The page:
Lucky lesbians: the pay gap no one wants to talk about
On Friday, the British government announced its much-touted plans to tackle the mythical gender pay gap.
The Tories want to force British companies to publish data on the earnings of their male and female employees in an attempt to ‘shame’ companies into resolving the alleged injustice of pay inequality.
What all this handwringing misses is that the gender pay gap isn’t the shameful product of endemic discrimination – it is the result of free choices made by individuals in a free society.
Where men and women do earn different wages, it is often because they do different jobs and tend to make different choices later in life. When entering the workforce, women in their twenties and thirties actually earn more than men.
In order to end this discrepancy, should we force men and women to change careers – to make them the same, rather than just equal? Should we pressurise firms into paying childminders the same as builders?
Though the gender pay gap freakout has dominated discussion recently, another ‘pay gap’ has also been in the news – between lesbians and straight women. Pink News reported that gay women in the US, the UK, Canada, Germany and the Netherlands earn nine per cent more than heterosexual women on average, and the gap is growing.
The reasons behind this ‘sexuality pay gap’ are probably quite similar to those behind the gender pay gap. Gay women are less likely to have children and take time out of their careers to raise a family, meaning they’re more likely to get promoted. They’re also more likely to choose highly paid, competitive jobs in the first place, as they might not expect to want a family in the future.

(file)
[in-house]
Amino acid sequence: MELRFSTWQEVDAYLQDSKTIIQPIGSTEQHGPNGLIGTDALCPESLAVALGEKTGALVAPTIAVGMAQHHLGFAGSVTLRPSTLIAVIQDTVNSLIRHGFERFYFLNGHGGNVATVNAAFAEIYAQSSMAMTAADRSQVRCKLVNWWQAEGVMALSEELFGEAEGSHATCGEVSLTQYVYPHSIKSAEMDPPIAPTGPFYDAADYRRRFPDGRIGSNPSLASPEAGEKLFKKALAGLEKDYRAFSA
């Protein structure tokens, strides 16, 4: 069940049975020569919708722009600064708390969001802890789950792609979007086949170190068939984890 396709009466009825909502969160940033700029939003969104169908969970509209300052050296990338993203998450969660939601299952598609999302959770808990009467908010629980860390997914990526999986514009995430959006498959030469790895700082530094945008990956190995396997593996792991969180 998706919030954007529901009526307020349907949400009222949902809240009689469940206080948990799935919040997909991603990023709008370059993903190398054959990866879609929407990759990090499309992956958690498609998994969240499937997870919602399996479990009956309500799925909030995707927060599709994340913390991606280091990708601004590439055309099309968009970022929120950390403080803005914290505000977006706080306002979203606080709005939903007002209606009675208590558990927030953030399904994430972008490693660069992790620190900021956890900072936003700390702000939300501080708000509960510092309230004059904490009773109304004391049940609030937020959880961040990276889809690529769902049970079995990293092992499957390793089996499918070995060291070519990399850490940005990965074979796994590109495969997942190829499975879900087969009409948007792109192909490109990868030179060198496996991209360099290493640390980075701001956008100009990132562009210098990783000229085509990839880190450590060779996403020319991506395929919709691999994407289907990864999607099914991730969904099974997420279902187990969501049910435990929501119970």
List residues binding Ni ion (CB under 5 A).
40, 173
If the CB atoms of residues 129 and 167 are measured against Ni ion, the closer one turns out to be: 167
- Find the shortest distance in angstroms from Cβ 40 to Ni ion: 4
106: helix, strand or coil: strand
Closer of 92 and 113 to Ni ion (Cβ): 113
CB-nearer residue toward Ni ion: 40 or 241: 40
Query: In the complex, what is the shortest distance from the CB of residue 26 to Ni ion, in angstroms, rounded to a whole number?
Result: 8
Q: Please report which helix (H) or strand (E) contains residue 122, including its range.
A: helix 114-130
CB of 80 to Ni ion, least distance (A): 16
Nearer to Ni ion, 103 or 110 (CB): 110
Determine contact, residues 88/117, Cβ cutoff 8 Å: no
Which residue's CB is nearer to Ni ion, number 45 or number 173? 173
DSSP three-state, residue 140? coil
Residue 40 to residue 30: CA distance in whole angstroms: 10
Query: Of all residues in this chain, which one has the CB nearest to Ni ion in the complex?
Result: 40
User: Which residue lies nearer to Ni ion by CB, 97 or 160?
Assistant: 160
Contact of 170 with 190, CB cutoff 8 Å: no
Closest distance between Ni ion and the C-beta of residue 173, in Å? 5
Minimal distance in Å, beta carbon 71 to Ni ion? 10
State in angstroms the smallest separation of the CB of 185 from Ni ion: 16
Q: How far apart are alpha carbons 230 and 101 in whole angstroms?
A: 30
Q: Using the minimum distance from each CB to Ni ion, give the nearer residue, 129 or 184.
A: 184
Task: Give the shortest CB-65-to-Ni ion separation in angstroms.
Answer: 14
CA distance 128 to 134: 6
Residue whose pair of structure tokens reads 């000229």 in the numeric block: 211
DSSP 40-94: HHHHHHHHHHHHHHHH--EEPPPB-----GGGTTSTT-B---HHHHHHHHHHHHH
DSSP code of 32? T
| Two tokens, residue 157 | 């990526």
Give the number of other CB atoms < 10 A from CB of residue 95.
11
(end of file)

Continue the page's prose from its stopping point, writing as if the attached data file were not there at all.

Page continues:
Where is the government concern about the emerging ‘sexuality pay gap’? Why are the Tories not forcing companies to draw lines between their female workforces and publish data on what those different groups earn? Possibly because there would be no political capital to gain, no kudos for standing up to inequality.
Straight women are not mourned as victims of lesbian bias. In fact, lesbians sit lower down in the imagined victim pile, so their success is not deemed a shameful problem for equality.
No one seriously believes that employers are universally discriminating in favour of lesbians, or that there is some mystical global force of structural oppression used by lesbians to get ahead of straight women, do they?
That would be crazy, right? A bit like that other mystical force that all right-on people believe in – the ‘patriarchy’.
Liam Deacon is a journalist based in London.
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